Local product Sam Carlson balancing life on and off the gridiron

Keegan Pope

On Saturdays, Sam Carlson spends his time blocking, hand-fighting and grappling with 275-pound defensive linemen whose goal is to destroy anything in their path on the way to whoever is holding the ball at that time. He often leaves games bloodied, bruised and beat up after battling men his size or bigger for 60 minutes.

24 hours later, he is holding his toddler-aged niece, Olivia, and performing with the band at River of Life Church in Wellington, which sits about 15 miles north of the Colorado State campus in Wellington. He plays a role in the youth ministry and helps his father, Rick, who also doubles as the church’s pastor.


Carlson is a different person when he straps on his pads and helmet, and that’s exactly the way he likes it.

Locally grown

Growing up with three sisters had its challenges for a boy who wanted nothing more than play sports, horse around and “do what boys do.” Early on, Carlson says his three sisters, who are all his elder, ganged up on him in any fight or disagreement. That left him to fend for himself – until he outgrew them before he reached middle school. Unsurprisingly, the teasing stop pretty quickly after that.

Colorado State tackle Sam Carlson, one of just two seniors on the offensive line, has become a leader for the Rams' offense in 2015. (Kevin Olson/Collegian)
Colorado State tackle Sam Carlson, one of just two seniors on the offensive line, has become a leader for the Rams’ offense in 2015. (Kevin Olson/Collegian)

“Now they spoil me and they take really good care of me,” Carlson said with a chuckle. “When I was a kid they always used to gang up on me and beat me up whereas when I grew up a little bit I could take one of them out and then take the others one-on-two. There were times when I was really mad at them, but I couldn’t be more blessed to have them. They’ve taught me that family is everything. That’s something that really means a lot to us. For us, Sunday is family day and we make sure that we take time out to spend the day with each other. We go to church, then we have family lunch and we spend the rest of the day watching football. That’s the best part of my week for sure.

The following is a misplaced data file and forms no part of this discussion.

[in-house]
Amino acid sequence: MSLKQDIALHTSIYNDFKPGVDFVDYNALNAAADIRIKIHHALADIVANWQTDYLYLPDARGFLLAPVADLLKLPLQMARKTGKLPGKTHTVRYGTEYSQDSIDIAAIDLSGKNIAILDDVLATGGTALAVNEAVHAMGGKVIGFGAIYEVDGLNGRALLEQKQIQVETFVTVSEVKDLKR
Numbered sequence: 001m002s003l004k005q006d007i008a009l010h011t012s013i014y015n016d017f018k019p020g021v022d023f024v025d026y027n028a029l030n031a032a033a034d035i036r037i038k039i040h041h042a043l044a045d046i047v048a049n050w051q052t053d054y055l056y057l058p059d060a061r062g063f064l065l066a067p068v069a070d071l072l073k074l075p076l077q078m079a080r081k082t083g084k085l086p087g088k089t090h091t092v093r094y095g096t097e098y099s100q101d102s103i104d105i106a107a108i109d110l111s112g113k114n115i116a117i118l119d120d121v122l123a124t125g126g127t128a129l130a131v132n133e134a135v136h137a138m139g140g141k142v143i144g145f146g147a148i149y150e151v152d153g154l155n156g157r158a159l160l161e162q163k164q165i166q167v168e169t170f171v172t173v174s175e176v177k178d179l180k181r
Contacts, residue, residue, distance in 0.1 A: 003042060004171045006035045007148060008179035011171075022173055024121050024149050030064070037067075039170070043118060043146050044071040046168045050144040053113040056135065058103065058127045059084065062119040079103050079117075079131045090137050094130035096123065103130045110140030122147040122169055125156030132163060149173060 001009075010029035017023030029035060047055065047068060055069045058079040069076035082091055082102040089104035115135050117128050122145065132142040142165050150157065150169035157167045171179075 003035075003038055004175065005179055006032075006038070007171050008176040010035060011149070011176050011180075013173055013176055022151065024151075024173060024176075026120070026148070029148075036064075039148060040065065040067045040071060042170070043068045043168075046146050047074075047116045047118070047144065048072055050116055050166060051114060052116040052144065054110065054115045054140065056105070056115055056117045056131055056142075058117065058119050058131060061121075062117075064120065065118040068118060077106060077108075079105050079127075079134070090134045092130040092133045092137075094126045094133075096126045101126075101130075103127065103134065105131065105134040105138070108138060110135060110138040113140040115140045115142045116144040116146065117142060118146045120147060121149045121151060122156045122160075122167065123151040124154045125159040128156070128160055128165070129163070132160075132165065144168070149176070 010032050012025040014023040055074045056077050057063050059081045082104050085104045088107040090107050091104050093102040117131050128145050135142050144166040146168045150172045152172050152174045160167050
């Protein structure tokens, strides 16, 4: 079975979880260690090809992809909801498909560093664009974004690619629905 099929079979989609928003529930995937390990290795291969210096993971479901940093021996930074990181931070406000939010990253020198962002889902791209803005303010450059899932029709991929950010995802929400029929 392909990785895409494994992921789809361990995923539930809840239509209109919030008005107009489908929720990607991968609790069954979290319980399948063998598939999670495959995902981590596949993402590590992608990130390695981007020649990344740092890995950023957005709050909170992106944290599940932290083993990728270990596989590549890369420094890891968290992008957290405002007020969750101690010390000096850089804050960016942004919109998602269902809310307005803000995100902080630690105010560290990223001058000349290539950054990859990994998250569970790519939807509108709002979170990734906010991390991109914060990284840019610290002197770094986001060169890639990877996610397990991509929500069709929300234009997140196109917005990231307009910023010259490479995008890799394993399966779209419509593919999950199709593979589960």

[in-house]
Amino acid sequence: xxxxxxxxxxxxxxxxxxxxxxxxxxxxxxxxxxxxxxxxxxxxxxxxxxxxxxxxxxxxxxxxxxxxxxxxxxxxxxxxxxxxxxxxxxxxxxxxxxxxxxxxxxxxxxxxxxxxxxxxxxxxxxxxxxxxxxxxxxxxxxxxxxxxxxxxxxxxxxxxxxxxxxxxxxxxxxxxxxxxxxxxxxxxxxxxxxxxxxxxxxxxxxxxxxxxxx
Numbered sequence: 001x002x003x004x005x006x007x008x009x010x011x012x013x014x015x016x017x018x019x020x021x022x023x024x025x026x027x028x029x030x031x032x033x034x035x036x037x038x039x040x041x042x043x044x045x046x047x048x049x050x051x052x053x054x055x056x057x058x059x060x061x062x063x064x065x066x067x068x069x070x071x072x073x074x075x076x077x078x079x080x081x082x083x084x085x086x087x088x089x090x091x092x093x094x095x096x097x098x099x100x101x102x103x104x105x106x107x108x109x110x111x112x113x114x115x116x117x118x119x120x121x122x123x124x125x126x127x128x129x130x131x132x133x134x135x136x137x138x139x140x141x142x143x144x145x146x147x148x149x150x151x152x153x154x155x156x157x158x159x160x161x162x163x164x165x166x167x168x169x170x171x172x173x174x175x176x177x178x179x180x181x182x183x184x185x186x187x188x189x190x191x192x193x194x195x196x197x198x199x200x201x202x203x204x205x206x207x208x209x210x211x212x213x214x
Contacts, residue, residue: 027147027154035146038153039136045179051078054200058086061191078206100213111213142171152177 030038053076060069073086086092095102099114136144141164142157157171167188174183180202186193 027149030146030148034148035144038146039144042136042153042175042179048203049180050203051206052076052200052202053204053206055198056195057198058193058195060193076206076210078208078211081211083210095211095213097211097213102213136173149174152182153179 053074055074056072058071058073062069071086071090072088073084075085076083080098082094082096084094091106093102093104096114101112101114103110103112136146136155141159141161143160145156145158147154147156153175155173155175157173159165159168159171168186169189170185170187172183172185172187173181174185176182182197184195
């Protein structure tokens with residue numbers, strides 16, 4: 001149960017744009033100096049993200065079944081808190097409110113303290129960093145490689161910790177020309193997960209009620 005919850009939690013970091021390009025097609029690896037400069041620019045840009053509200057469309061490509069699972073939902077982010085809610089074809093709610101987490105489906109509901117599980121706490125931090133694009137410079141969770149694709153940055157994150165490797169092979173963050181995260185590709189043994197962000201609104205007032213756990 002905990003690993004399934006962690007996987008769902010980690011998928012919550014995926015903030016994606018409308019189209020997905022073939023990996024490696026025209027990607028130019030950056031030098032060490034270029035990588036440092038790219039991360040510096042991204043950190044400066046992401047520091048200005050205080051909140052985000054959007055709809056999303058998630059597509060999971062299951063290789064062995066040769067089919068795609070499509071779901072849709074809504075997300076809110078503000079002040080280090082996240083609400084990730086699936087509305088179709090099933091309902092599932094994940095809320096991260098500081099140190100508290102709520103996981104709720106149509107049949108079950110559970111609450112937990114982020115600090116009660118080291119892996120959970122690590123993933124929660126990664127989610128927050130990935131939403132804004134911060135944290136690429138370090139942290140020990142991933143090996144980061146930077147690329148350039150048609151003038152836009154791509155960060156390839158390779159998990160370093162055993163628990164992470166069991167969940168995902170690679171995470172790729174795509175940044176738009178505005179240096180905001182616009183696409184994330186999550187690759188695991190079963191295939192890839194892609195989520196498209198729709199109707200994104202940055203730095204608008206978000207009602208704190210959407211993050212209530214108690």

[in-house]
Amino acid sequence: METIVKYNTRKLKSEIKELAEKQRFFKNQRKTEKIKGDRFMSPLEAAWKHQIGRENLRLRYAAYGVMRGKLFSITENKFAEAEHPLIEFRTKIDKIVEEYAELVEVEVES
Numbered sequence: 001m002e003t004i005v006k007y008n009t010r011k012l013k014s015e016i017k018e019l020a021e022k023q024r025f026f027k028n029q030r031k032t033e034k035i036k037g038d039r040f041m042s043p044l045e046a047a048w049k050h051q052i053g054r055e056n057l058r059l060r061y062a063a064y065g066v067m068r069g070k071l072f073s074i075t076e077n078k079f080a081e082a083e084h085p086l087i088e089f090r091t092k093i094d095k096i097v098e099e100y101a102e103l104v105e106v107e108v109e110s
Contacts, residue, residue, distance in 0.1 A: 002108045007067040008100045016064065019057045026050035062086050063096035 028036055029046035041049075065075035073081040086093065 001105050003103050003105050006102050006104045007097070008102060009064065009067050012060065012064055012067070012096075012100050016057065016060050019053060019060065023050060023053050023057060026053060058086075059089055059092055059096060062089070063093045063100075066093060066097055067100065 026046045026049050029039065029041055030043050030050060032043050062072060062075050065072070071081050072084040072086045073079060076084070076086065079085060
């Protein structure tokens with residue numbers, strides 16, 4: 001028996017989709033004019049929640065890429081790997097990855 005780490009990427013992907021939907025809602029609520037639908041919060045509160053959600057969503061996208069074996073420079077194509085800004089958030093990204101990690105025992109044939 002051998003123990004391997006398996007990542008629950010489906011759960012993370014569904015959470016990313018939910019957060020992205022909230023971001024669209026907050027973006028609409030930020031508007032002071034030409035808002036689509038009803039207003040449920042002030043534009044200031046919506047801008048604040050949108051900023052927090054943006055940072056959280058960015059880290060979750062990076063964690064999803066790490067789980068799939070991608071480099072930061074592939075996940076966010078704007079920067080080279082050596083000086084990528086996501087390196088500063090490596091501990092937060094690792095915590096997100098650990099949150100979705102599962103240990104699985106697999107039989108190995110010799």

Carlson also faced the challenge of growing up as the son of a pastor in a small town of 7,000 people. Most of the town of Wellington knew who Sam was, and he subsequently spent much of his childhood under a microscope.

“It’s something kind of similar to being on the football team here at CSU,” Carlson said of being the pastor’s son. “You live in this fishbowl – it’s a very transparent life. People are always saying, ‘That’s the pastor’s kid, be careful what you say or do around him.’ That’s not really what you want as a kid, because you want people to be themselves around you and be who they are because you’re going to do the same. But I honestly couldn’t ask for a better scenario growing up. I love my dad, I love what he does and I love our church. I love everything I’ve been taught and given, so I wouldn’t trade that for anything.”

Football first

Carlson began his football career at six years old in the Wellington Recreation League’s flag division. It wasn’t until the fifth grade that he was allowed to play tackle football, where he was immediately stuck on the offensive line. Center, to be exact.

He wasn’t thrilled with being put at football’s least glamourous position, but his size and understanding of the game led his coaches to believe he was a natural fit there. On defense though, he did get to play linebacker, where he enjoyed letting his aggressive side run wild. Even though he was one of the most imposing kids in his grade, Carlson was usually the first to befriend new students, including one who would become one of best friends, Teran Mawhinney.